Sansevieria is an awesome plant and can tolerate a wide range of growing conditions, making it perfect for indoor growing. If you want a plant-it-and-forget-about-it houseplant, then this is the one for you.
The common names for Sansevieria are rather tongue in cheek – mother-in-law’s tongue and snake plant. I mean, really, who came up with these names? I certainly wouldn’t want to call it that in front of my mother-in-law.
Taking Leaf Cuttings
Mother-in-law tongue is also pretty darn easy to propagate from leaf cuttings. When I started these leaf cuttings, I cut the leaves into 2 to 3 inch sections, stuck them in soil and watered them regularly for the first week or so. After the first couple of weeks, I would remember to water them every once and a while and, believe it or not, they rooted!
It takes a long time to propagate mother-in-law’s tongue plant from leaf cuttings, but if you’re not in a rush to grow new plants, it’s a very cost-effective way of getting new plants.
I had some leaves on my adult plant that were leaning over and needed to be trimmed off. This is the reason I decided to start some new plants from the leaf cuttings.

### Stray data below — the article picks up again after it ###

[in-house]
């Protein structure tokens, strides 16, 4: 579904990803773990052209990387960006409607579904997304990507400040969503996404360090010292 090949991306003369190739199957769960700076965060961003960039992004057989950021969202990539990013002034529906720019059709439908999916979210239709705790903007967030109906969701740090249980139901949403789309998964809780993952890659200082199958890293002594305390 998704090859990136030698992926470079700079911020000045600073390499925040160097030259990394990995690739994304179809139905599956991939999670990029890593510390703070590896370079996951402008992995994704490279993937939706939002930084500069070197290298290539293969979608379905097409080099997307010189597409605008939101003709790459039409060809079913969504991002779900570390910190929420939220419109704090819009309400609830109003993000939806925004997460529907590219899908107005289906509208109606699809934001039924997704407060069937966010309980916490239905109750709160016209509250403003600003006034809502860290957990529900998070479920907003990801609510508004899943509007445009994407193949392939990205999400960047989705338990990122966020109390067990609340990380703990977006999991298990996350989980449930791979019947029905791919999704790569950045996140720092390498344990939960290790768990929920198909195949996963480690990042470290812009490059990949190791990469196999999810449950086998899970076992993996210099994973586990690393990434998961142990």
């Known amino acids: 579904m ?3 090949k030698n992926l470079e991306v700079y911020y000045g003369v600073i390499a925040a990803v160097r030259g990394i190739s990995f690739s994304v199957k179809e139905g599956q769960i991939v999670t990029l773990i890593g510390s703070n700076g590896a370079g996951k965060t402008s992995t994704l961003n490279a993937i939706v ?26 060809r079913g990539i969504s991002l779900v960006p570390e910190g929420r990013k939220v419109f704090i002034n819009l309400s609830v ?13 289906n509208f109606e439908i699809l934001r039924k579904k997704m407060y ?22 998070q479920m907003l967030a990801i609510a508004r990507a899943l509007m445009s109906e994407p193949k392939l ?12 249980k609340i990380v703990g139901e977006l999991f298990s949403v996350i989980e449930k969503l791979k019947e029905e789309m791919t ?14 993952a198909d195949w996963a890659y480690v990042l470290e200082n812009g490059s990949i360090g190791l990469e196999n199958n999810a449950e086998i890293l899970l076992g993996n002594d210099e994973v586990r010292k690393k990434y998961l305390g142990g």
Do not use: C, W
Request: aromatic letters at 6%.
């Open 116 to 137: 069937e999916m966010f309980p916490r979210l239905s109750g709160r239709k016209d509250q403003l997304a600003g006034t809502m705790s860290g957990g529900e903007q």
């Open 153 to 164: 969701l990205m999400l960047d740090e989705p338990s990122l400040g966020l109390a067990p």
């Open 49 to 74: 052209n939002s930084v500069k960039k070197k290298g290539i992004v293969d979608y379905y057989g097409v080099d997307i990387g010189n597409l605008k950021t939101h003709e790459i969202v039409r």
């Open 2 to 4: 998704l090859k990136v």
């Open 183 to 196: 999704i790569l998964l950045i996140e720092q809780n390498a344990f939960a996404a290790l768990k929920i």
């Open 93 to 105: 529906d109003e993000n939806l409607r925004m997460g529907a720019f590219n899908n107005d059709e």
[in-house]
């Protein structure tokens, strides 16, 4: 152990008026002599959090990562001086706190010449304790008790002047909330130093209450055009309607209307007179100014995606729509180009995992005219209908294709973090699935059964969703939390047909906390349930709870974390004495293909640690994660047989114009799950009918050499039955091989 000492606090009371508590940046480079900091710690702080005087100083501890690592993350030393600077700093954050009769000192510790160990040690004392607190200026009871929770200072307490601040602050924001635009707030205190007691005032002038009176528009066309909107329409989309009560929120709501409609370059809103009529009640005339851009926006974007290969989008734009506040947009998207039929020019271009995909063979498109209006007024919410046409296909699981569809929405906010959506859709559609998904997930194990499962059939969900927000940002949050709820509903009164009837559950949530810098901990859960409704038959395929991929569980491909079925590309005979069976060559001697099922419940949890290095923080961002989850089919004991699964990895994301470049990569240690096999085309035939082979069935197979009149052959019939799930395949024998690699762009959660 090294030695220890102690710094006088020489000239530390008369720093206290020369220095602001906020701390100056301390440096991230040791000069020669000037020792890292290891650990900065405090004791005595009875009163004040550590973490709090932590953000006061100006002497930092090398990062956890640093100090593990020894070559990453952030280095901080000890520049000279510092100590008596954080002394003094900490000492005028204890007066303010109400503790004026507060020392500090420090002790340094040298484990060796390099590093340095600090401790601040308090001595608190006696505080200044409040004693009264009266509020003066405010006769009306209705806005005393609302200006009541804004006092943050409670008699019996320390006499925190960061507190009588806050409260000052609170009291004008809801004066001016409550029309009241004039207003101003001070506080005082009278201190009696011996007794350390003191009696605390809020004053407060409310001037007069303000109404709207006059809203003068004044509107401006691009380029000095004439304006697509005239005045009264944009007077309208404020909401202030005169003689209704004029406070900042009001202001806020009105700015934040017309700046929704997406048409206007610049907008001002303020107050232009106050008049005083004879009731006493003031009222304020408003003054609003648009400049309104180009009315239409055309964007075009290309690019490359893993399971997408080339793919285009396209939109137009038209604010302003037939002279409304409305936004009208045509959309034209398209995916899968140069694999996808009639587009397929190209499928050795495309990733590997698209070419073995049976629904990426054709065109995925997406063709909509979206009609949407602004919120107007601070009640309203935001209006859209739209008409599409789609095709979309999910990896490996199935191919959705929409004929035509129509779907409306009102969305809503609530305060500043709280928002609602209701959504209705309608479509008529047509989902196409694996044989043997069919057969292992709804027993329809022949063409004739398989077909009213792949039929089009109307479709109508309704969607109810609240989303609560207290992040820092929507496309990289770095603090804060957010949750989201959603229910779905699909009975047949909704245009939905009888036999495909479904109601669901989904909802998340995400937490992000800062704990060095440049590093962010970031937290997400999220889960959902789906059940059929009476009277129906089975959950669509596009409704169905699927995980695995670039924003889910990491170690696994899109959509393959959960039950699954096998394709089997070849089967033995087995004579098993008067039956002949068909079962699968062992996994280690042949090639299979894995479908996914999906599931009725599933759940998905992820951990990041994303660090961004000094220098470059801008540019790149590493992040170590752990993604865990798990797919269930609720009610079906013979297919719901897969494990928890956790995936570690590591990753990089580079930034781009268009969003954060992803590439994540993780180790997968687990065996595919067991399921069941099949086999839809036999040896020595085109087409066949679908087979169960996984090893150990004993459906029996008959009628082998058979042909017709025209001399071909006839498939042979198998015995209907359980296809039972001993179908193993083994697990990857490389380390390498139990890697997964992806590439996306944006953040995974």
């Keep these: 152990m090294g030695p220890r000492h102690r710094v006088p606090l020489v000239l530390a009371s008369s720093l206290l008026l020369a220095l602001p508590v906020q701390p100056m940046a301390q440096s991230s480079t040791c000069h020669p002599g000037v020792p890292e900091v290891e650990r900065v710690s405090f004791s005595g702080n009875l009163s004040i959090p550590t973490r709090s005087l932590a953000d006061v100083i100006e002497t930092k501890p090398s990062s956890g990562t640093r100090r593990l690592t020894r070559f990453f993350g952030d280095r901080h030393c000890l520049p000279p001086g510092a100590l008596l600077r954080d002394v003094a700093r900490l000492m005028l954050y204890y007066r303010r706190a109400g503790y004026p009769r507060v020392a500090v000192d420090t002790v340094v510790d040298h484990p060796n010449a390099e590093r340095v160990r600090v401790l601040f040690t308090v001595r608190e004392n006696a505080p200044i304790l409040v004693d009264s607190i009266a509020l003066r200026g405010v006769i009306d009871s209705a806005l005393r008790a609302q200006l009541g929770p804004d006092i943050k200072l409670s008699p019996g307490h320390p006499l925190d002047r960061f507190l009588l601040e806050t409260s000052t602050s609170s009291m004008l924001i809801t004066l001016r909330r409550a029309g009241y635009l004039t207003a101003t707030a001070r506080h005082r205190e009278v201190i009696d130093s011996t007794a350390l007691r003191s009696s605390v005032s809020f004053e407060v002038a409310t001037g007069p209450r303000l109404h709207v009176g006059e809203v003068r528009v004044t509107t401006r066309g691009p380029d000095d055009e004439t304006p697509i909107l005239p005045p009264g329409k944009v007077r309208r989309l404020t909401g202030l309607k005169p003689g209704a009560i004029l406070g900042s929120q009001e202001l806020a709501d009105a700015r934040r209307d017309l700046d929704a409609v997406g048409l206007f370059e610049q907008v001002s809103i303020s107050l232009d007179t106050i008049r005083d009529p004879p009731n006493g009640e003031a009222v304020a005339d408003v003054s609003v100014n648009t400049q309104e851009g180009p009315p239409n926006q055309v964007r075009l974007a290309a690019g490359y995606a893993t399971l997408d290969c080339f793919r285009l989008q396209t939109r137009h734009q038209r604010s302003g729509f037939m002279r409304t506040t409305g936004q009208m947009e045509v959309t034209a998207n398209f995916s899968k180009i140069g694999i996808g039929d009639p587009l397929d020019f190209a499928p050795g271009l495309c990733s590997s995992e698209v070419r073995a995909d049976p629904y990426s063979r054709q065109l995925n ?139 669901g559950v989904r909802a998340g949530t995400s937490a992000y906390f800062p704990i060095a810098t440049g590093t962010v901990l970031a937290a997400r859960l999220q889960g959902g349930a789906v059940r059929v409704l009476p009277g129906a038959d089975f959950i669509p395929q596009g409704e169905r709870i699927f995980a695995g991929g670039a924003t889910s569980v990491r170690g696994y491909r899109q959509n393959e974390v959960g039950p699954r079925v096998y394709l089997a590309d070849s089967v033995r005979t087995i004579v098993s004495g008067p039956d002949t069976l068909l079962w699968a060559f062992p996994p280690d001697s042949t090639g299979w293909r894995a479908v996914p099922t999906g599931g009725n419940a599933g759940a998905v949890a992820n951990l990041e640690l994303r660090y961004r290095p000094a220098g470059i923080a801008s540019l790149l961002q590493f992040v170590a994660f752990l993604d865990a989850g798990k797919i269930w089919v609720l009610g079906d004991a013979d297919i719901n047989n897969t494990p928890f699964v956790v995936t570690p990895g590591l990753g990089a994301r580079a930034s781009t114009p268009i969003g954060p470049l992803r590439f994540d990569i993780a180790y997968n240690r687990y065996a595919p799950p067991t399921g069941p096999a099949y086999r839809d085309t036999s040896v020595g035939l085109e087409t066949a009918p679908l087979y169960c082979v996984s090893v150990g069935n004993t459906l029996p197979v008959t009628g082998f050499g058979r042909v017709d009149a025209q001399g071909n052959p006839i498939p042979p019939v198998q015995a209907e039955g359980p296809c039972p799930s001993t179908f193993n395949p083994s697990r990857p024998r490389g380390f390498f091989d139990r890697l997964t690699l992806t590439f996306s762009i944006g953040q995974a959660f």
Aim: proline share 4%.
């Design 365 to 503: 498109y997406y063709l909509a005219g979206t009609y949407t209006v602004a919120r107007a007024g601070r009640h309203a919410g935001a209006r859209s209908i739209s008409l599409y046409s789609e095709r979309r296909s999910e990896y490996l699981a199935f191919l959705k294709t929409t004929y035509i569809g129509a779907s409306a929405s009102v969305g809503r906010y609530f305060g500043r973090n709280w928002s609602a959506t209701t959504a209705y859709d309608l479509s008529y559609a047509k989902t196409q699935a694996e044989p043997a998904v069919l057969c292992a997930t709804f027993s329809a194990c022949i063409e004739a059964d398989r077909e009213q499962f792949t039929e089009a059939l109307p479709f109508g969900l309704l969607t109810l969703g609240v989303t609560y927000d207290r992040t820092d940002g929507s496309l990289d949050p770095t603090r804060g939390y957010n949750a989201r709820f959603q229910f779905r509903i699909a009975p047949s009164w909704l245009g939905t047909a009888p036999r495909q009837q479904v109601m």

For the best results, trim the leaf at a slight angle; cut them into 2- or 3-inch lengths. Be sure to put the bottom end of the leaf (the original bottom) into the soil. Cover the end of the leaf so that about ½ to ¾ of an inch of the leaf is covered. Water and then keep the soil evenly moist for about a week or two. Then you can reduce watering to just when the soil gets dry.
With a little patience and keeping an eye on the soil moisture, you’ll have roots growing from the leaves in about 4-8 weeks. I gave my cuttings a gentle tug to see if there was resistance (meaning roots). In another few weeks, you’ll see new leaves emerging from the soil.
Easy to Care For Plant
Sansevieria grows in low light conditions or indirect bright light; it requires very little water and is not susceptible to many of the common houseplant insects. It does not tolerate freezing temperatures, but the average temperature of a house suits it just fine.
The most important thing to remember when caring for Sansevieria is to not overwater it. Overwatering is a sure fire way to kill this plant. Water it every two to three weeks and reduce watering in the winter. You might want to include a little general-purpose fertilizer in the water once in a while, but I don’t find it to be that necessary on a frequent basis.